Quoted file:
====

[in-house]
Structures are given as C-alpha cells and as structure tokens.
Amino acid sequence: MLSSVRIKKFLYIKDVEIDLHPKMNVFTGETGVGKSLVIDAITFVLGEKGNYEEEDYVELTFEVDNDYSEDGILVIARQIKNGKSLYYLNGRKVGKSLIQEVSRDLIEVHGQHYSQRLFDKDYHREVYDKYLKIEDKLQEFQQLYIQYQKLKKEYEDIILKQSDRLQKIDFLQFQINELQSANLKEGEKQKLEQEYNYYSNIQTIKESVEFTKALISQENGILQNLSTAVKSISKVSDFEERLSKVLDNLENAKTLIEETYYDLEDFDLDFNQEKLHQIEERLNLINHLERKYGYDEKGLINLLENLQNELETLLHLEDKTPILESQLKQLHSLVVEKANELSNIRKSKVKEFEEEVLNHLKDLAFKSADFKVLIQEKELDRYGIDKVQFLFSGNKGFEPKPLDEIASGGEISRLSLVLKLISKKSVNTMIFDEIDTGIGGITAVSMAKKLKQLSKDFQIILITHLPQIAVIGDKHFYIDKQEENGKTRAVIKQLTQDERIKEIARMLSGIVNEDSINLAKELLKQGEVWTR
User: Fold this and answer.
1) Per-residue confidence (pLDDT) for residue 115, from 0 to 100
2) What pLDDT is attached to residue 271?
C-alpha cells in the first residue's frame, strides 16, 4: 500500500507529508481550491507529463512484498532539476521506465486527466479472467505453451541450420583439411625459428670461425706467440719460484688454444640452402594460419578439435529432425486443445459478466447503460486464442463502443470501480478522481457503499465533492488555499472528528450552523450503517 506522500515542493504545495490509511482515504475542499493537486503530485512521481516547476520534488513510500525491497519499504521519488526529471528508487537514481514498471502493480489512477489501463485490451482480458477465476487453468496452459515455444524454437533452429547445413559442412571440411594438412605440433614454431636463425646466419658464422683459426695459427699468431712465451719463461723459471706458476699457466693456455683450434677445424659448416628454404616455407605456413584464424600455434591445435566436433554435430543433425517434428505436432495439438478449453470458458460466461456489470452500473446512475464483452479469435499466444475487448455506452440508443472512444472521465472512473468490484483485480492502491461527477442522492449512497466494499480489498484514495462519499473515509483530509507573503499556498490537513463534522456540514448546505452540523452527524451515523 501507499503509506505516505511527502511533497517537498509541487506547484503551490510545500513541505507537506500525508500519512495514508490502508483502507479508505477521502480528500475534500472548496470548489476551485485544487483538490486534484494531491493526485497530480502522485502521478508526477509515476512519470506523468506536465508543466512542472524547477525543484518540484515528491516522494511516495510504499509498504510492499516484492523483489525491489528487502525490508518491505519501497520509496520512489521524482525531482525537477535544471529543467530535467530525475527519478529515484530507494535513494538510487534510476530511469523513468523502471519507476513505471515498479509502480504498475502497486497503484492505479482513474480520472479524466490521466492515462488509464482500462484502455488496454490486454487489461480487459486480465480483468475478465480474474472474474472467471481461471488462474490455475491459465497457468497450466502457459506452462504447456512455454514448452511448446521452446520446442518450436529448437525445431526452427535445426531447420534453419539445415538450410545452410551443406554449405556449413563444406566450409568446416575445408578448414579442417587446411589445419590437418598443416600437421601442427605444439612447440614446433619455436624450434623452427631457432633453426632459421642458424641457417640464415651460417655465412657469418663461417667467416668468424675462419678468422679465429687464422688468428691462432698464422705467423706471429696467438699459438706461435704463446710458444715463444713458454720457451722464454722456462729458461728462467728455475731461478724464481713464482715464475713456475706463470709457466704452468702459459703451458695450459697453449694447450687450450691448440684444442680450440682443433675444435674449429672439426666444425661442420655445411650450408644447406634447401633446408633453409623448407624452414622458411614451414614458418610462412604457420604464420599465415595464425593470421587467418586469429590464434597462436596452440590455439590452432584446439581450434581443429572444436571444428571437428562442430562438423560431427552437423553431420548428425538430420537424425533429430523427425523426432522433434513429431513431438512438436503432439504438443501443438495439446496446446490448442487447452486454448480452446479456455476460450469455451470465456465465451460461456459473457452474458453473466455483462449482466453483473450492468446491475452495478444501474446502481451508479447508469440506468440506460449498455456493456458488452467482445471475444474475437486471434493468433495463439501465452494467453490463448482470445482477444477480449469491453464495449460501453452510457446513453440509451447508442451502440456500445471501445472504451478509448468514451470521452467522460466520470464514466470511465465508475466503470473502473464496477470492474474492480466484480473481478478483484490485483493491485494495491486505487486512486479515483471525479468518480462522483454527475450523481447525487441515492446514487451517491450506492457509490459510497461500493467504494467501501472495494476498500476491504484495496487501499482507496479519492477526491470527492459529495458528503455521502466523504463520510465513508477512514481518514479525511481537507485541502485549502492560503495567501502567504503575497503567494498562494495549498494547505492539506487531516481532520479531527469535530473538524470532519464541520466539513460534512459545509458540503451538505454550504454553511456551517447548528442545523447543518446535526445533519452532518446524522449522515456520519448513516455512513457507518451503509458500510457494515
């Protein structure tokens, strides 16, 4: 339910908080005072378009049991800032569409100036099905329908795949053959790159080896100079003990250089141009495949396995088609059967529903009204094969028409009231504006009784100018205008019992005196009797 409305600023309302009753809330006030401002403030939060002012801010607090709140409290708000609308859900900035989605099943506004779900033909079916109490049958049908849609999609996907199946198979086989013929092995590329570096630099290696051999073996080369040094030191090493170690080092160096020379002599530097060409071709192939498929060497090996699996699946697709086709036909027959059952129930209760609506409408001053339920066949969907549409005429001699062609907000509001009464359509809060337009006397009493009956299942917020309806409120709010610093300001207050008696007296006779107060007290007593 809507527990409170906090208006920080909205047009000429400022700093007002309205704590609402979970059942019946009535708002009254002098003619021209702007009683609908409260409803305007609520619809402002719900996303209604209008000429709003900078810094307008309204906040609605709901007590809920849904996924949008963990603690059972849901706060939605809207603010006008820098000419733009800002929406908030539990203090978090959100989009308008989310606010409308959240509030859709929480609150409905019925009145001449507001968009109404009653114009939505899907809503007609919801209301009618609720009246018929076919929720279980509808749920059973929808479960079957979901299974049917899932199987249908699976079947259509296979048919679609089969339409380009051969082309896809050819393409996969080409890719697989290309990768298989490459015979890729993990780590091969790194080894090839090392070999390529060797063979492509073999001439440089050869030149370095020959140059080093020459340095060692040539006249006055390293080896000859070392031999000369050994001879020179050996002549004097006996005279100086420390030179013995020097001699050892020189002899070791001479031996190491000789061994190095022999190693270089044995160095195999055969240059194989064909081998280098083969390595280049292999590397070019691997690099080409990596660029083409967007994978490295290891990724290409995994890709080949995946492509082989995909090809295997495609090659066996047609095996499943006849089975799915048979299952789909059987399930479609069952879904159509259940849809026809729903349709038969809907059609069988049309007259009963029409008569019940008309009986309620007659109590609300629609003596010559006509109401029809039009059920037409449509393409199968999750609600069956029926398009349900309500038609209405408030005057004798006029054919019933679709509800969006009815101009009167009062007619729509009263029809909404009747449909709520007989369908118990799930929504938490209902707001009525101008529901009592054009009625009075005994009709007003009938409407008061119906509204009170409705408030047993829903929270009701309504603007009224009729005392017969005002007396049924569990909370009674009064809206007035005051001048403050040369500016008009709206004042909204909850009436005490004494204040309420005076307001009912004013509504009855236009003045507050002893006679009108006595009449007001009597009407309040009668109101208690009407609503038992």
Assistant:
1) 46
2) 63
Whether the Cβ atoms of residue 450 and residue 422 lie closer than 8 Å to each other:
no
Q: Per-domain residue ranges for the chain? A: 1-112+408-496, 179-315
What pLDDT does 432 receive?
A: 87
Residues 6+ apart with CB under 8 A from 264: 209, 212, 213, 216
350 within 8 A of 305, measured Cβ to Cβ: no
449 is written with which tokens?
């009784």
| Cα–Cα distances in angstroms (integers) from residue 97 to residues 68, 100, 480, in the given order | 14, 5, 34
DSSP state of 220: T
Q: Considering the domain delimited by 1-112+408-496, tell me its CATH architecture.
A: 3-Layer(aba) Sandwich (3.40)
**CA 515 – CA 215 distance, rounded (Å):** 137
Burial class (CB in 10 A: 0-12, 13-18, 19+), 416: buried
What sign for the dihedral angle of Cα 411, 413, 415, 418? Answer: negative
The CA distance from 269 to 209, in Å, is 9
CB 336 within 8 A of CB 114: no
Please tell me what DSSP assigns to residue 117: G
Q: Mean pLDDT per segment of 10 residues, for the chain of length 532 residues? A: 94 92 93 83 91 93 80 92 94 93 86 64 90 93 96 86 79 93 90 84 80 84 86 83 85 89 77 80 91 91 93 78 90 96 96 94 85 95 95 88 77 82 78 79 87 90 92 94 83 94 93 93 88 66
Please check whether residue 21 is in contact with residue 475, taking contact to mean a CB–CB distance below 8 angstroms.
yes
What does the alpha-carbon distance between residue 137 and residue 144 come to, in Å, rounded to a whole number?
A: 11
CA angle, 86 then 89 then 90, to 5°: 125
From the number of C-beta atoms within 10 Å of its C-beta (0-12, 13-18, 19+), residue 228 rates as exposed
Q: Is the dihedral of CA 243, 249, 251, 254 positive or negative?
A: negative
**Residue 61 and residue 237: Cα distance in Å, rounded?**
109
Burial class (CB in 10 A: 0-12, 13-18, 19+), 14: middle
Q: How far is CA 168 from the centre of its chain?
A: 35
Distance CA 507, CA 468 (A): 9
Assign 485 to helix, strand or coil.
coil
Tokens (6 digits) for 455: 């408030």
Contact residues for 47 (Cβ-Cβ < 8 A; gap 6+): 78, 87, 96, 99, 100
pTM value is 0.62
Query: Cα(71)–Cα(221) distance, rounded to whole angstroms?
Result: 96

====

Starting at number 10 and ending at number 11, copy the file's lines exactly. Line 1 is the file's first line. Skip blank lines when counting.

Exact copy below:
1) 46
2) 63